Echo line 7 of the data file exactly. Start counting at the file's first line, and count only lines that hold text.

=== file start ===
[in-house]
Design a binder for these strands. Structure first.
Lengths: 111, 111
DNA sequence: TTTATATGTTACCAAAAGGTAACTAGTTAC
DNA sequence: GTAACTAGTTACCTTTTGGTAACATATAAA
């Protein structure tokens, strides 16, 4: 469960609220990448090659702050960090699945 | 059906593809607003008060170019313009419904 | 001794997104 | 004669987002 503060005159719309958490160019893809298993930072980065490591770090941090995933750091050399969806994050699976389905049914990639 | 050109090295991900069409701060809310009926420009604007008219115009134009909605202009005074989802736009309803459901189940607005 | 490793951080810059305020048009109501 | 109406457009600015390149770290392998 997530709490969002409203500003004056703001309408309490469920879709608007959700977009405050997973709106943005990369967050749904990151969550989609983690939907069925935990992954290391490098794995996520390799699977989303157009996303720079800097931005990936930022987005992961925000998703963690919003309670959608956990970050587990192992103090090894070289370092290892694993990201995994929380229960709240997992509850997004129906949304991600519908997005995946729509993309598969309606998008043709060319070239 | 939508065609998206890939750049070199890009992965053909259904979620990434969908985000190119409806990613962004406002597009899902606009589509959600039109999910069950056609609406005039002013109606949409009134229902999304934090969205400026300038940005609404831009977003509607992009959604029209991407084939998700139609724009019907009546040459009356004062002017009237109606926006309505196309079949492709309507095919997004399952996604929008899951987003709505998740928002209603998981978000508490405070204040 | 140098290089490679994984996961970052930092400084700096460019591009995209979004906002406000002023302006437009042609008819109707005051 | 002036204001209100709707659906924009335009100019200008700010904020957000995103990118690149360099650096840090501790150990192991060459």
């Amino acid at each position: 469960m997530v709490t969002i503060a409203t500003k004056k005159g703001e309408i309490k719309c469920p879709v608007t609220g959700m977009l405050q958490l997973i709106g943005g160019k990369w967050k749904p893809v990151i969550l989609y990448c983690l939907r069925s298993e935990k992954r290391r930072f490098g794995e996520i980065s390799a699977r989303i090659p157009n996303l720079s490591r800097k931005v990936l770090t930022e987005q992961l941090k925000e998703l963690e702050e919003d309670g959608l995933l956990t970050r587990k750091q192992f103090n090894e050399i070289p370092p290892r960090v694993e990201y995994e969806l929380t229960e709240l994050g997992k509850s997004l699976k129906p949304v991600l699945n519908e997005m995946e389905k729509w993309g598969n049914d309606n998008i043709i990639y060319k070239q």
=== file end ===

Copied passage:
């Amino acid at each position: 469960m997530v709490t969002i503060a409203t500003k004056k005159g703001e309408i309490k719309c469920p879709v608007t609220g959700m977009l405050q958490l997973i709106g943005g160019k990369w967050k749904p893809v990151i969550l989609y990448c983690l939907r069925s298993e935990k992954r290391r930072f490098g794995e996520i980065s390799a699977r989303i090659p157009n996303l720079s490591r800097k931005v990936l770090t930022e987005q992961l941090k925000e998703l963690e702050e919003d309670g959608l995933l956990t970050r587990k750091q192992f103090n090894e050399i070289p370092p290892r960090v694993e990201y995994e969806l929380t229960e709240l994050g997992k509850s997004l699976k129906p949304v991600l699945n519908e997005m995946e389905k729509w993309g598969n049914d309606n998008i043709i990639y060319k070239q």